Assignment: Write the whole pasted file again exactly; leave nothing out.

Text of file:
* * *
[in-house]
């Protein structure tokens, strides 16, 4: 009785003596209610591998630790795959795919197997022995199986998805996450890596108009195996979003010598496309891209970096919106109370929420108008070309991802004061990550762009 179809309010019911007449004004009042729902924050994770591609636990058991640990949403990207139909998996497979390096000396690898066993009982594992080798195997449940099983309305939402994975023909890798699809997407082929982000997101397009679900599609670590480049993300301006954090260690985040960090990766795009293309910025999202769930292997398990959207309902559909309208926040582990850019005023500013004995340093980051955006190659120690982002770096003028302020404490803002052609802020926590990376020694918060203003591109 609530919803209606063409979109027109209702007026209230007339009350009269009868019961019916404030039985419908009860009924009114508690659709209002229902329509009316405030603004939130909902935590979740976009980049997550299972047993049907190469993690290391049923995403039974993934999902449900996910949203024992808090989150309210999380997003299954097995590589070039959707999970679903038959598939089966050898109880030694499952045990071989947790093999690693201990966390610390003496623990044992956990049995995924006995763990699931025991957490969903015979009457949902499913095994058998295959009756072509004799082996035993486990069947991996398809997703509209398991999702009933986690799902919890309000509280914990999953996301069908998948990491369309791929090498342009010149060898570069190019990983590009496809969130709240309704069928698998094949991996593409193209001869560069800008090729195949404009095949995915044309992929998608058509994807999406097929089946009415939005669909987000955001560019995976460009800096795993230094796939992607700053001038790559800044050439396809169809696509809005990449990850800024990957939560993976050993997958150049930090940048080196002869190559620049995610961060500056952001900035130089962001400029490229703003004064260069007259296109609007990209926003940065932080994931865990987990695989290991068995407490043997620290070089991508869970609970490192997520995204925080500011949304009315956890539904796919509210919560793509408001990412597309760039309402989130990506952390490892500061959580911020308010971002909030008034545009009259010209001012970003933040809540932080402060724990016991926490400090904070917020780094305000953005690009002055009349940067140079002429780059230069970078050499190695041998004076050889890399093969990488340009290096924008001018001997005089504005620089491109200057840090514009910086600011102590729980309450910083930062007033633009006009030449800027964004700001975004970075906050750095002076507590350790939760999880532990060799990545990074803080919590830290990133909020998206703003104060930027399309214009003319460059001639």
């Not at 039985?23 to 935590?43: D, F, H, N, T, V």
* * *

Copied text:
[in-house]
């Protein structure tokens, strides 16, 4: 009785003596209610591998630790795959795919197997022995199986998805996450890596108009195996979003010598496309891209970096919106109370929420108008070309991802004061990550762009 179809309010019911007449004004009042729902924050994770591609636990058991640990949403990207139909998996497979390096000396690898066993009982594992080798195997449940099983309305939402994975023909890798699809997407082929982000997101397009679900599609670590480049993300301006954090260690985040960090990766795009293309910025999202769930292997398990959207309902559909309208926040582990850019005023500013004995340093980051955006190659120690982002770096003028302020404490803002052609802020926590990376020694918060203003591109 609530919803209606063409979109027109209702007026209230007339009350009269009868019961019916404030039985419908009860009924009114508690659709209002229902329509009316405030603004939130909902935590979740976009980049997550299972047993049907190469993690290391049923995403039974993934999902449900996910949203024992808090989150309210999380997003299954097995590589070039959707999970679903038959598939089966050898109880030694499952045990071989947790093999690693201990966390610390003496623990044992956990049995995924006995763990699931025991957490969903015979009457949902499913095994058998295959009756072509004799082996035993486990069947991996398809997703509209398991999702009933986690799902919890309000509280914990999953996301069908998948990491369309791929090498342009010149060898570069190019990983590009496809969130709240309704069928698998094949991996593409193209001869560069800008090729195949404009095949995915044309992929998608058509994807999406097929089946009415939005669909987000955001560019995976460009800096795993230094796939992607700053001038790559800044050439396809169809696509809005990449990850800024990957939560993976050993997958150049930090940048080196002869190559620049995610961060500056952001900035130089962001400029490229703003004064260069007259296109609007990209926003940065932080994931865990987990695989290991068995407490043997620290070089991508869970609970490192997520995204925080500011949304009315956890539904796919509210919560793509408001990412597309760039309402989130990506952390490892500061959580911020308010971002909030008034545009009259010209001012970003933040809540932080402060724990016991926490400090904070917020780094305000953005690009002055009349940067140079002429780059230069970078050499190695041998004076050889890399093969990488340009290096924008001018001997005089504005620089491109200057840090514009910086600011102590729980309450910083930062007033633009006009030449800027964004700001975004970075906050750095002076507590350790939760999880532990060799990545990074803080919590830290990133909020998206703003104060930027399309214009003319460059001639």
């Not at 039985?23 to 935590?43: D, F, H, N, T, V």